Vegan cuisine has come a long way in just the past decade. Beginning as humble hippie fare, there are now numerous restaurants elevating the meatless and milkless to the level of fine dining. Candle 79, self-proclaimed “vegan oasis” in New York City, is one of the first restaurants that come to mind in this category, as they’ve consistently excelled in the field even before mainstream diners were aware of the growing movement. Be that as it may, two outposts in one city creates a relatively limited sphere of influence, and vegetable-lovers all throughout the country could only drool and dream over their lavishly written menus. As of 2012, that unattainable fantasy is now a concrete reality, thanks to the release of the Candle 79 Cookbook. Scores of elegant dishes, complex flavors, and fancier fare than the standard weeknight meal, it’s a breath of fresh air to see a solid entry in this field of vegan cooking. The previously released Candle Cafe Cookbook could almost be viewed as the starting point on a journey up the fine dining staircase; this new entry finally makes it to the top.
Seeking an elegant starter to whet my appetite, the Heirloom Tomato-Avocado Tartare (page 6) was a stunningly easy recipe to whip together. Not entirely dissimilar to chunky guacamole, minus the heat, fresh, bright, and clean flavors balanced in delicate harmony. The addition of oyster mushrooms struck me as particularly brilliant, lending a subtle savory undertone without disrupting the texture. Speaking of which, the combination of creamy avocado and the garnish of crunchy tortilla strips was spot-on, and although that finishing touch may appear minimal, do not feel tempted to leave them out! While the rest of the tartare is very clean and light, that fried topping brings a touch of decadence and whimsy back to the dish.
Moroccan-Spiced Chickpea Cakes (page 66) were a clear choice from the moment I cracked open the book’s binding. A more involved plate calling for three separate elements, it could certainly be simplified with a store-bought chutney or curry sauce, but you’d be missing out, because the real winner of this combination was the Red Bell Pepper-Curry Sauce (page 117.) I was scraping my plate clean with a spoon long after the chickpea cake was devoured, and have plans to make a new batch of sauce for pasta, veggies, and anything else I can throw together. Subtly sweet, mildly spiced but incredibly flavorful, this is an absolute winner. Even though I cheated a bit and used yellow peppers instead of red, I don’t think this dressing suffered in the least.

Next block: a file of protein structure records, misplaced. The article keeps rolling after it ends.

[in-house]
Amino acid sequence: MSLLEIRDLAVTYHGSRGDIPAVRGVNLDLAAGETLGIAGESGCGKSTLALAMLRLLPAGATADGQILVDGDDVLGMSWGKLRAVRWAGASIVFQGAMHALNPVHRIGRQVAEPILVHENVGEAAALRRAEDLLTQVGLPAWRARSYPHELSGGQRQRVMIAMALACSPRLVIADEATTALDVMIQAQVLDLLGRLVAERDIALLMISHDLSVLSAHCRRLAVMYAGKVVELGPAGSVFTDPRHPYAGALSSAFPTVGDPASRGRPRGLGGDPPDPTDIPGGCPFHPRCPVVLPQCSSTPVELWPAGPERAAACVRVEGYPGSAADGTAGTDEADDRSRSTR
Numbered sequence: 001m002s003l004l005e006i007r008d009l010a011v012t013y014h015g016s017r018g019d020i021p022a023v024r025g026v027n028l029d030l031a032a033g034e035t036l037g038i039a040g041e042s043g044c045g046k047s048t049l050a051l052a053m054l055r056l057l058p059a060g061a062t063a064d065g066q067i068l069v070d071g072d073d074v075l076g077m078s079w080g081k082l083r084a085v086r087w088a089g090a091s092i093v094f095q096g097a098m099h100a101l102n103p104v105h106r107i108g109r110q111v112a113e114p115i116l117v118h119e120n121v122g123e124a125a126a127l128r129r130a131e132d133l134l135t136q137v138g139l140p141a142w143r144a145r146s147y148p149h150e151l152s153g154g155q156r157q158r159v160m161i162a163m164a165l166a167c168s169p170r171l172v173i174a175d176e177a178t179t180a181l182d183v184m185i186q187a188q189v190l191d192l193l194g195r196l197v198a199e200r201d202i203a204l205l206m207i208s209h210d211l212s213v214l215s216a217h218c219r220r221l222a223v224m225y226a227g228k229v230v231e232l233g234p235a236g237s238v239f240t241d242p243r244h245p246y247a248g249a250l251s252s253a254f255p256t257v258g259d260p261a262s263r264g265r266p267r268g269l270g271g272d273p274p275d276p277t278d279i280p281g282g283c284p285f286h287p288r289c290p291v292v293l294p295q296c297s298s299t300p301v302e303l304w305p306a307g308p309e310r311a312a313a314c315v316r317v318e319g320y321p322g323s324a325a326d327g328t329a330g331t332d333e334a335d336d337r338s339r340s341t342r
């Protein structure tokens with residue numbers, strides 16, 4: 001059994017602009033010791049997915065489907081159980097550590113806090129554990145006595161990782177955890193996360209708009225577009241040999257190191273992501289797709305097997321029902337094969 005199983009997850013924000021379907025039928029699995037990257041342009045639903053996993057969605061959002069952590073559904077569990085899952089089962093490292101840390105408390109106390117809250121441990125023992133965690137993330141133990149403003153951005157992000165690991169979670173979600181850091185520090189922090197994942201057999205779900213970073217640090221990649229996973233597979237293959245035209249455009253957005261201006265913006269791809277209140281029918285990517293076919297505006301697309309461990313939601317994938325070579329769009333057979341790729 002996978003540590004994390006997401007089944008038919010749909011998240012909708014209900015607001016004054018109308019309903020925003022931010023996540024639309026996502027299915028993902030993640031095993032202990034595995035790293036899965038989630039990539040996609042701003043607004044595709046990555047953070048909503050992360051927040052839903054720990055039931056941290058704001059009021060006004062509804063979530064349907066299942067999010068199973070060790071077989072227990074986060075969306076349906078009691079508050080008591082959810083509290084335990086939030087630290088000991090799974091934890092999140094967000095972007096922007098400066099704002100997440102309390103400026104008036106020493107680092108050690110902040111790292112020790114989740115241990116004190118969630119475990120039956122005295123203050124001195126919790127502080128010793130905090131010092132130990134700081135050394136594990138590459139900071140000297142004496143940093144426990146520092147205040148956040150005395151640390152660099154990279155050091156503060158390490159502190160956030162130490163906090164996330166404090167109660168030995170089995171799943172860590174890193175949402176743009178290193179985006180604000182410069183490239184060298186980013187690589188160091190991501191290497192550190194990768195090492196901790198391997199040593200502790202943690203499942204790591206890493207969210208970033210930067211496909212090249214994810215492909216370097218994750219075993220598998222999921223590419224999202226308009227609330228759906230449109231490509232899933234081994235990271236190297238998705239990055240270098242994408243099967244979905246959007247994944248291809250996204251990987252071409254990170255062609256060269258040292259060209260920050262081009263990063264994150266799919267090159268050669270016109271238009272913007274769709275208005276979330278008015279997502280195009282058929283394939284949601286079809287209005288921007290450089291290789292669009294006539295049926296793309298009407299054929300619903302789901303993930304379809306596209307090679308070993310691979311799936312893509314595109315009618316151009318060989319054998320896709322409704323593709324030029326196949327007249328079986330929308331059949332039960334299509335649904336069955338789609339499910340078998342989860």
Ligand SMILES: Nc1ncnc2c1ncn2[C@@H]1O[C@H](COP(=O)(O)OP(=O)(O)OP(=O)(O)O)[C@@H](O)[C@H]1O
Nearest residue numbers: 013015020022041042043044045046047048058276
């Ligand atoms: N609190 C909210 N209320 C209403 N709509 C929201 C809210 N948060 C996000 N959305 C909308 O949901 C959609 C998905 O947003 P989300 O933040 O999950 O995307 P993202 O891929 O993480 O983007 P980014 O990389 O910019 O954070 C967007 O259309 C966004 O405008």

Let’s not forget the chickpea cake in the glory of the curry sauce, though! Striking me as the perfect sort of burger patty, I would make those again in a heart-beat come grilling season. Between two buns, this fine fare could blend right in to the everyday meal. Moist without being mushy inside, crisp on the outside (admittedly, after an extra 20 minutes of baking) and redolent of smoked paprika, I can’t imagine anyone not loving this.
Next time, I could do without the chutney, which was doomed from the start knowing my distaste for fruit in savories. To make a more seasonally appropriate offering, and because I couldn’t possibly find apricots in January, I converted the Apricot Chutney (page 125) to a green apple chutney. The ginger pairs beautifully with the tart apples, so I think it would be a hit… With someone who appreciates such a thing.
Seeking a quick fix for dinner one day, the Setian Wheatballs (page 94) stood out as an easy, hearty entree. Normally not the sort of recipe that draws me in, I was most enticed by the fact that we had all of the ingredients on hand, and the falling snow outside dissuaded me from a quick grocery trip. Though tender and tasty enough, they seemed a bit too delicate for a “meatball,” and very mild in flavor. They almost disappeared into the mild-mannered store bought sauce (yes, I cheated) and plain spaghetti. Overall, inoffensive but forgettable.
Finally, ending on a sweet note, the Sourdough French Toast (page 136) had me intrigued. Using a custard that seemed more like unbaked cheesecake batter, it was clear that this would be far richer than my typical approach. True to form, it was not quite like a “traditional” egg-based French toast according to my omnivorous dining companion, but different does not mean bad. Lightly spiced and plenty sweet without any additional syrup, I can’t say it’s my favorite rendition, but it’s a nice change of pace from the norm.
If you’ve made it this far through my exhaustive descriptions, your patience will be rewarded because you now have a chance at winning your own copy of the Candle 79 Cookbook! It took some string-pulling and help from the gracious, lovely, and ultra-talented Mimi Clark to secure a second book, but I really wanted to share this unique text. To enter, your question is this: What Candle 79 dish would you most like to try? It can be a recipe from the cookbook or anything on the menu, past or present. Leave me a comment with your name and email in the appropriate fields before Tuesday, January 31st at midnight EST to have your entry count. This one is open to residents of the US only, because it is a woefully heavy hardcover to ship.